FILE – In this Nov. 2005 file photo, Larry Greene, public information director of the Southern Ohio Correctional Facility, demonstrates how a curtain is pulled between the death chamber and witness room at the prison in Lucasville, Ohio. Ohio Gov. Mike DeWine on Thursday, arch 7, 2019, delayed three additional executions to give the state prison system time to develop a new lethal injection method. The Republican governor’s order follows a federal judge’s scathing critique in January of the first drug used in the current process, the sedative midazolam. (AP Photo/Kiichiro Sato, File)

Ohio governor delays 3 more executions while drugs reviewed

March 07, 2019 - 11:17 am

COLUMBUS, Ohio (AP) — Gov. Mike DeWine on Thursday delayed three additional executions to give the Ohio prison system time to develop a new lethal injection method, responding to a federal judge's scathing critique of the first drug used in the current process.

Federal Judge Michael Merz said in January that inmates could suffer severe pain and an experience similar to waterboarding because the drug, the sedative midazolam, doesn't render them deeply enough unconscious.

DeWine, a Republican, delayed a February execution after the judge's ruling and ordered the Department of Rehabilitation and Correction to develop a new process. But Merz questioned why Ohio was preparing for additional executions, given that directive.

DeWine said Thursday it was "highly unlikely" any new injection process would make it through expected lawsuits in time for the next three executions.

The governor "is also mindful of the emotional trauma experienced by victims' families, prosecutors, law enforcement, and DRC employees when an execution is prepared for and then rescheduled," DeWine's office said in a statement.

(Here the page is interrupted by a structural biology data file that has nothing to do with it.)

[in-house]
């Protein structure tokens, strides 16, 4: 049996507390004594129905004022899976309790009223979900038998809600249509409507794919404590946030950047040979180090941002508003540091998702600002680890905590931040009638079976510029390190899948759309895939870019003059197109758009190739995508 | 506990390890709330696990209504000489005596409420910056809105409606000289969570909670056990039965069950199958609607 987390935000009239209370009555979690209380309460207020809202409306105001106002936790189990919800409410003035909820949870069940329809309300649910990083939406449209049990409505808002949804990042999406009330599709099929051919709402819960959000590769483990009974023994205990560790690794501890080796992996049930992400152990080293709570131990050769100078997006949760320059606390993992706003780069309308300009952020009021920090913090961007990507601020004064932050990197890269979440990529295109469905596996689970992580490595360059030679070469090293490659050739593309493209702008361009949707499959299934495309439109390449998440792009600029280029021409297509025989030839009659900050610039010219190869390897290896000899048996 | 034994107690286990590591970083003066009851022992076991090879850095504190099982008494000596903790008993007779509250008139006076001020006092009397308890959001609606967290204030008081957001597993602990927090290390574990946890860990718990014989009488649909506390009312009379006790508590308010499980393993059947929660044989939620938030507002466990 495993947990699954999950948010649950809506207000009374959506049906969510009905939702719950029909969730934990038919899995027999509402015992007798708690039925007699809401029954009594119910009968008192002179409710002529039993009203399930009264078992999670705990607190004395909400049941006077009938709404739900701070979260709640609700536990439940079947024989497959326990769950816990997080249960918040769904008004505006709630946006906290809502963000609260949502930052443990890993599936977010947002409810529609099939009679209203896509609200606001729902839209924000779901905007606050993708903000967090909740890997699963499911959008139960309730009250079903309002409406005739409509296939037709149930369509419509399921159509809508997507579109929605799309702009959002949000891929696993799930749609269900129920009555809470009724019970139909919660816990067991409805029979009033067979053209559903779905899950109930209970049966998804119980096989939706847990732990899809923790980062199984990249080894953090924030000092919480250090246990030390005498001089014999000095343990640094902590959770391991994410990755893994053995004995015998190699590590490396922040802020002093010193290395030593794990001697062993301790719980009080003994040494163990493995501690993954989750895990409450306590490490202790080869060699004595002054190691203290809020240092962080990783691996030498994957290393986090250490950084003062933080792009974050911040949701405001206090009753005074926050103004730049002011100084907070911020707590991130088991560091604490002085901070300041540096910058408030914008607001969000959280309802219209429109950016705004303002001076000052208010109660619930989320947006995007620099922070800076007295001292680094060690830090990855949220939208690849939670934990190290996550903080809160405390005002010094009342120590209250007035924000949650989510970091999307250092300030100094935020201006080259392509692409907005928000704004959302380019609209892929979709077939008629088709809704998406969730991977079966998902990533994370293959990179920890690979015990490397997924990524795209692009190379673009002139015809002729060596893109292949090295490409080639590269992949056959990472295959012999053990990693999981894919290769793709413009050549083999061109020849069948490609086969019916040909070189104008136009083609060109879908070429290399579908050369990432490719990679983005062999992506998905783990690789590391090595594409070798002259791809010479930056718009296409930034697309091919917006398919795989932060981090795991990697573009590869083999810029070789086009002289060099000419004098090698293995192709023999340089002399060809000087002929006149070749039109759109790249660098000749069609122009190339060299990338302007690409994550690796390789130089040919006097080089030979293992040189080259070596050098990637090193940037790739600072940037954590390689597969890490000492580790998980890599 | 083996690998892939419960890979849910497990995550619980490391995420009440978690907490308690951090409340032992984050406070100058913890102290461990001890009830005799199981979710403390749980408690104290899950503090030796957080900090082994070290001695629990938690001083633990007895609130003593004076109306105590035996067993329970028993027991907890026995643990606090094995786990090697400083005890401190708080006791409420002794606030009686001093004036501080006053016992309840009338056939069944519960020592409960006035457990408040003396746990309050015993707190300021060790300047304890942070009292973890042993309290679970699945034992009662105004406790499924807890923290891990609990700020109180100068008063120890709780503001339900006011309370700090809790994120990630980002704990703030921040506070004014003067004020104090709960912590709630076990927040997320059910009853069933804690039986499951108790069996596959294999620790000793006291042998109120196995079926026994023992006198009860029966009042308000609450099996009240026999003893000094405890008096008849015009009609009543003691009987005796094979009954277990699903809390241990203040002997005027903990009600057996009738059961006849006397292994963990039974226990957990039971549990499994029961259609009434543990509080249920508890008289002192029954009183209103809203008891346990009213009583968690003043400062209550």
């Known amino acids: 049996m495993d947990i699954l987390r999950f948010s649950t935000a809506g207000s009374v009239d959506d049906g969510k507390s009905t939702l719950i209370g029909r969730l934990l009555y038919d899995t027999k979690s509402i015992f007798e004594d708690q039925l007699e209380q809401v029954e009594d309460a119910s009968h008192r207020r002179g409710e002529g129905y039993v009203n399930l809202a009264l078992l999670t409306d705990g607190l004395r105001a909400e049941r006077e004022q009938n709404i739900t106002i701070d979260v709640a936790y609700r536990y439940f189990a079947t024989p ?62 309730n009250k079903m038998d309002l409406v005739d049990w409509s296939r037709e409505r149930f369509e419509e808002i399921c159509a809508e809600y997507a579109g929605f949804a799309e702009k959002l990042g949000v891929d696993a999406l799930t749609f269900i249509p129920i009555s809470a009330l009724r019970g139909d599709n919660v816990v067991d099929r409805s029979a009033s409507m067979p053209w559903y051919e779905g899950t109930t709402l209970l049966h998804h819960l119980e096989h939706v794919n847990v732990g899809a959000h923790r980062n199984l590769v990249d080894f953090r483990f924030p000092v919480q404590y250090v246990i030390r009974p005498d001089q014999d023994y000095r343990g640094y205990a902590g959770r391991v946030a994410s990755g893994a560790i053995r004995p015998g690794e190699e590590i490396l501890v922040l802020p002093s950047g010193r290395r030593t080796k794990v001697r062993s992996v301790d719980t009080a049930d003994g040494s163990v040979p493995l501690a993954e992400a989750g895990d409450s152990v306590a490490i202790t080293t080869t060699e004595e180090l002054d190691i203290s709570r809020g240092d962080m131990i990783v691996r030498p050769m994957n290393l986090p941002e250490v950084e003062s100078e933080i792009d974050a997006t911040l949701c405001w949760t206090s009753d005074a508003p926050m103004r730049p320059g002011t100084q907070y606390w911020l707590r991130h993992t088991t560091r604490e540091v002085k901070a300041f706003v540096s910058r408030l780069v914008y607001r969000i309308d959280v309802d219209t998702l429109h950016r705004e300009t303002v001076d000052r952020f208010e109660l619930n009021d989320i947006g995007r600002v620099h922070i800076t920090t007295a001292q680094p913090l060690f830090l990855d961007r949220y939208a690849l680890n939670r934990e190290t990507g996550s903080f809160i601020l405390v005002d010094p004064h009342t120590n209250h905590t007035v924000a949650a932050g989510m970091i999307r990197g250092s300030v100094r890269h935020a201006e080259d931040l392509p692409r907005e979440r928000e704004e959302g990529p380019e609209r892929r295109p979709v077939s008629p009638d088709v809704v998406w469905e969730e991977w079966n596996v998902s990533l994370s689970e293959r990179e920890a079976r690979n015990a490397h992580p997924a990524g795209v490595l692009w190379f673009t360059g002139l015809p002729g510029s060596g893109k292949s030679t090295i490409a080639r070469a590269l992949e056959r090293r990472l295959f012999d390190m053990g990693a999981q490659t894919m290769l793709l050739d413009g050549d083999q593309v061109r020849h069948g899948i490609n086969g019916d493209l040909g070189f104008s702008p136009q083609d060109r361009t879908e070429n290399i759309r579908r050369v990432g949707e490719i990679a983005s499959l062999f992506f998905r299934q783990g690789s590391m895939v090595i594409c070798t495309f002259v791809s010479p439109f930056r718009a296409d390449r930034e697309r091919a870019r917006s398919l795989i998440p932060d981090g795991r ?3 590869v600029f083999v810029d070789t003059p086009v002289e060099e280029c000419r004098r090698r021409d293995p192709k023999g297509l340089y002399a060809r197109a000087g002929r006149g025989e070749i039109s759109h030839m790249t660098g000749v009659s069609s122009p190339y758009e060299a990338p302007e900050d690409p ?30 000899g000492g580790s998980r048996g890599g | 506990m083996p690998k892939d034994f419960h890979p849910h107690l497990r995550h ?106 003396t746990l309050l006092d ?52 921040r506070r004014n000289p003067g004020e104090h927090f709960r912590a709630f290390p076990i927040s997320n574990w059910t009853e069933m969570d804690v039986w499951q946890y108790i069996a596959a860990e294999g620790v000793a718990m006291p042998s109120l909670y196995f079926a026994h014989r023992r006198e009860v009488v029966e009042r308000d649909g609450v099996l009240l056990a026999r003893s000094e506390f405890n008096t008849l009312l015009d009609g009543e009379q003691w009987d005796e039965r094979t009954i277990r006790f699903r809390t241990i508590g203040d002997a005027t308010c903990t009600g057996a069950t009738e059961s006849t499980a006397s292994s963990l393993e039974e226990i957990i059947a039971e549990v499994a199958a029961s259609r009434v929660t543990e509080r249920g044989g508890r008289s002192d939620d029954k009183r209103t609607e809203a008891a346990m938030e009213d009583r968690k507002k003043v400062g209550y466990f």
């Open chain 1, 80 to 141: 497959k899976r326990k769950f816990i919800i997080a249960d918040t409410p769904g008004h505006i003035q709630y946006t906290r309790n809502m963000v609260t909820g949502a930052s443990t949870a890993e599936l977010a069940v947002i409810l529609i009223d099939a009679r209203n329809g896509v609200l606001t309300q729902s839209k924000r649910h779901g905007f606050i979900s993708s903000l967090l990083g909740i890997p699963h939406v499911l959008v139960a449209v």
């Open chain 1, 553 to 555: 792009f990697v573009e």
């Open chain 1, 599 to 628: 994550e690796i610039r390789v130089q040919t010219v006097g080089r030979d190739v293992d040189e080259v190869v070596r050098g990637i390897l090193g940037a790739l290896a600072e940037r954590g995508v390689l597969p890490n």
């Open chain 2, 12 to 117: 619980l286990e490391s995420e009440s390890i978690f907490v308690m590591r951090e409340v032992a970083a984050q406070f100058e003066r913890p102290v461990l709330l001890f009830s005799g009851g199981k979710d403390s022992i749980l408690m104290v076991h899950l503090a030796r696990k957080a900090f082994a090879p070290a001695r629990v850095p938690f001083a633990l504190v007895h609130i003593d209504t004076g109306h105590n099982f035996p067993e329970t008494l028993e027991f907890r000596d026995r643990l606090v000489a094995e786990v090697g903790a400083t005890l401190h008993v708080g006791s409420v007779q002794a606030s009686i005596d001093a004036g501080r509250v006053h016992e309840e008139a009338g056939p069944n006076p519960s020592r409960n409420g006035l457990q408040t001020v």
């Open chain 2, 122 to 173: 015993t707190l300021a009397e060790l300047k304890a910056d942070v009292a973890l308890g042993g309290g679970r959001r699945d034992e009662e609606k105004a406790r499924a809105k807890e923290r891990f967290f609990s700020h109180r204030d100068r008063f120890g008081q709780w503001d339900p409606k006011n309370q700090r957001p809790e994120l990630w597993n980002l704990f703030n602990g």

The inmates affected by the decision, their old execution dates, and their new dates:

— Cleveland Jackson. Originally scheduled to die May 29 for fatally shooting a 17-year-old in Lima in 2002 in a bloody drug-related robbery on a crowded home. New date: Nov. 13.

— Kareem Jackson. Originally scheduled to die July 10 for shooting and killing two men in Columbus during a 1997 robbery. New date: Jan. 16, 2020.

— Gregory Lott. Originally scheduled to die Aug. 14 for setting an 82-year-old man on fire in a 1986 East Cleveland robbery. New date: March 12, 2020.

In January, following the judge's ruling, DeWine rescheduled the execution of Keith Henness from Feb. 13 to Sept. 12.

Henness was convicted of killing 51-year-old Richard Myers in Columbus in 1992. Authorities say Myers had been helping Henness find a drug treatment for his wife.

Whether any of these four executions happens on the new dates is up in the air. Ohio, like other death penalty states, has struggled to find drugs for lethal injection. Even if it announced a new procedure this month, the method would then undergo months or years of court scrutiny.

After Ohio started looking for new drugs in 2014, it took the state more than three years to establish its current three-drug lethal injection protocol. Since then, it has become even more difficult for states to find drugs.

"Ohio's not going to execute someone under my watch when a federal judge has found it to be cruel and unusual punishment," DeWine said last month.

Because of Ohio's use of midazolam, Merz called the constitutionality of the state's system into question in his Jan. 14 ruling.

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